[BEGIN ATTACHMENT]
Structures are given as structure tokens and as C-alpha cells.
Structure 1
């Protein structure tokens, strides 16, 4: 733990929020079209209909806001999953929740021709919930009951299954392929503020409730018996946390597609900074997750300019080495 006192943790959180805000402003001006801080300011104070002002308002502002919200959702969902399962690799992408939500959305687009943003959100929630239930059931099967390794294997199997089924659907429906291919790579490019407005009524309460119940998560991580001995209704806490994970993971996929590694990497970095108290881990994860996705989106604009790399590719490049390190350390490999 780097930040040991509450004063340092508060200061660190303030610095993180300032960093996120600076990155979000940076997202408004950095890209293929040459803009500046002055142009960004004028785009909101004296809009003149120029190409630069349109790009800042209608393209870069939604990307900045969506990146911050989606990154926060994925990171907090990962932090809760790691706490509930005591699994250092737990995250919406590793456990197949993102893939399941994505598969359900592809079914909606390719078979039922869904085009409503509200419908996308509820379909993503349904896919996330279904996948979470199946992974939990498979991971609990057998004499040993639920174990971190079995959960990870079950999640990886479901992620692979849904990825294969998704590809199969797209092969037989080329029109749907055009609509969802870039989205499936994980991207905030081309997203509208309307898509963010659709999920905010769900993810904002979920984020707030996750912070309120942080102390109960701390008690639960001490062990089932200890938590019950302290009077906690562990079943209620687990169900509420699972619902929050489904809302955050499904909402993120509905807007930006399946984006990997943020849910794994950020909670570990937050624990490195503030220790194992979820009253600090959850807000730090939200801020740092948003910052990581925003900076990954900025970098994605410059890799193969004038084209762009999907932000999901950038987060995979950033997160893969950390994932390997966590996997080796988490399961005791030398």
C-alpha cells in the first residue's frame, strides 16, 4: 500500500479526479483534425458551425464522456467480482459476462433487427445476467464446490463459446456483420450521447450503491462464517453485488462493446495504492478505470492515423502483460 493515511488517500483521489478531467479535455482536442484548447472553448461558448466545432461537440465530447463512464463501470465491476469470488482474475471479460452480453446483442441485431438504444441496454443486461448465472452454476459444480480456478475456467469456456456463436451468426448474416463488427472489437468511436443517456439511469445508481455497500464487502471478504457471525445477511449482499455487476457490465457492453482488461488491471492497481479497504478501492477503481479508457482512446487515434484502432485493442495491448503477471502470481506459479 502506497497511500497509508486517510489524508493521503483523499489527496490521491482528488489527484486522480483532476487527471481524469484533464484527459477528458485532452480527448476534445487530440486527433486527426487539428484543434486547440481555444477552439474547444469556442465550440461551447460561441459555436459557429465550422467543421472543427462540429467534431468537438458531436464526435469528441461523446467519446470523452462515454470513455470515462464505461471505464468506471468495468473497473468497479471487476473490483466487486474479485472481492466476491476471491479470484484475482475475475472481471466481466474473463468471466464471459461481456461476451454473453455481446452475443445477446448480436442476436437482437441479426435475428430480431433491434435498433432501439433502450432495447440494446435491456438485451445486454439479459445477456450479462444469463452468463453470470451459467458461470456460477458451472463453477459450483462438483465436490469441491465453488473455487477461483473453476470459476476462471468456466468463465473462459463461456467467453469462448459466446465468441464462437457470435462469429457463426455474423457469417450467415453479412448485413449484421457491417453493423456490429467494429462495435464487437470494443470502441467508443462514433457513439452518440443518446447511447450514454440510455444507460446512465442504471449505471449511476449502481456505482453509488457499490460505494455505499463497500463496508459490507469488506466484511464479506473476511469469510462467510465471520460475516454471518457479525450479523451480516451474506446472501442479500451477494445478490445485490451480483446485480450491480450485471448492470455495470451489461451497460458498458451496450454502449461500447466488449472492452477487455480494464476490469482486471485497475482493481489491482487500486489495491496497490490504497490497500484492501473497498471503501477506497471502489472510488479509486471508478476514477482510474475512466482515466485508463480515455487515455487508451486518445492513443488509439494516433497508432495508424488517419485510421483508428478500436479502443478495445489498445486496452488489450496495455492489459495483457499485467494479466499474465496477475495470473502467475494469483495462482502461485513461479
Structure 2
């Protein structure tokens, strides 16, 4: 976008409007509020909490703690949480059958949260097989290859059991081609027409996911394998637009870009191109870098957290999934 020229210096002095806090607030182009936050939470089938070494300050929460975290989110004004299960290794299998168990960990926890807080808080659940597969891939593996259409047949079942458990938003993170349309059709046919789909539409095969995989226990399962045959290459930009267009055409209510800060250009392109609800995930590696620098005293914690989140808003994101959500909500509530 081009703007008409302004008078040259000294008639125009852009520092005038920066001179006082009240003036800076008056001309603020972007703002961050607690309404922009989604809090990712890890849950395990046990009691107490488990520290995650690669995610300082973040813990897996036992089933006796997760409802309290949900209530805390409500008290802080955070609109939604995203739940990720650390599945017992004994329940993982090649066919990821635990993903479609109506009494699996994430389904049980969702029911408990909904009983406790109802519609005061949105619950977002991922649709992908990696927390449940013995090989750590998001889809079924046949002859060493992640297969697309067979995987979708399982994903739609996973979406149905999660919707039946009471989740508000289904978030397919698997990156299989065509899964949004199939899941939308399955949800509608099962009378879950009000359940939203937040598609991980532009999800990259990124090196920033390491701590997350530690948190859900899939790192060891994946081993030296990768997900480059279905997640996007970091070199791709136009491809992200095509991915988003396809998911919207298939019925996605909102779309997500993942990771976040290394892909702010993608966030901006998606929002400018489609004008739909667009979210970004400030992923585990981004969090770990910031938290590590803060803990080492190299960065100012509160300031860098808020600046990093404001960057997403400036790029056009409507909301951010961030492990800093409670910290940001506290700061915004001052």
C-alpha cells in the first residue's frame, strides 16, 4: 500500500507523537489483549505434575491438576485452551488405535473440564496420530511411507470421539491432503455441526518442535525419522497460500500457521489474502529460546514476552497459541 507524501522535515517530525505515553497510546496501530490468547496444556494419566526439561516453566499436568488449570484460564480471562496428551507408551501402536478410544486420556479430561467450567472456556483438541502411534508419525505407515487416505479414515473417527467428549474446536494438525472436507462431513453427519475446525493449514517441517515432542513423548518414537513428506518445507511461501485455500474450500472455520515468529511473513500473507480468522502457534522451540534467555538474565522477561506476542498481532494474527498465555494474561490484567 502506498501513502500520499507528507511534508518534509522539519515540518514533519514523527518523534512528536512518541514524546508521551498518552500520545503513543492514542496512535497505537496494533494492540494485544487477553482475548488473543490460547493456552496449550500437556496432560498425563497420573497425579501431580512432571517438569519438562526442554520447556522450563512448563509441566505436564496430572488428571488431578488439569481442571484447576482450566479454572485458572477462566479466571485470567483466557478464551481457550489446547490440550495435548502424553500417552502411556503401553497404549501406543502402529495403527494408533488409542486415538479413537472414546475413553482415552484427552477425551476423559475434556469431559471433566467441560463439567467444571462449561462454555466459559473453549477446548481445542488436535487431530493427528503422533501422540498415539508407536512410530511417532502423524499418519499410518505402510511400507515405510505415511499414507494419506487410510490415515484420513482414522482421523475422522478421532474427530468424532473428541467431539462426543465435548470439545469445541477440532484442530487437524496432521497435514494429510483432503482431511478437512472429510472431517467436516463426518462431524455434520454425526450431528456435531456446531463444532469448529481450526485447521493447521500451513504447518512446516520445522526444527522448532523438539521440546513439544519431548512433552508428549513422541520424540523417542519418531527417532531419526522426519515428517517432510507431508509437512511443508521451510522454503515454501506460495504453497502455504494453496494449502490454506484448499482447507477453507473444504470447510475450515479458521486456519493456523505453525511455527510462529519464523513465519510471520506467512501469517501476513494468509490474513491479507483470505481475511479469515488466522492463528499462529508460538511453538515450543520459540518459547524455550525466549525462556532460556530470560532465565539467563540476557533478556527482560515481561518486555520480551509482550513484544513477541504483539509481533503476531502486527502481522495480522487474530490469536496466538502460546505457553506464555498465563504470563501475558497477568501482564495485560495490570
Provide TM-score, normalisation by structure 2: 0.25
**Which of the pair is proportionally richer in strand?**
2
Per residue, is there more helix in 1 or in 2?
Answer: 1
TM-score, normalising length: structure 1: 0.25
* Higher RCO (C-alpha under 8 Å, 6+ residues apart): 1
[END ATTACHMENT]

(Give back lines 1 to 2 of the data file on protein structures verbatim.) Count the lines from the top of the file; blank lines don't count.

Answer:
Structures are given as structure tokens and as C-alpha cells.
Structure 1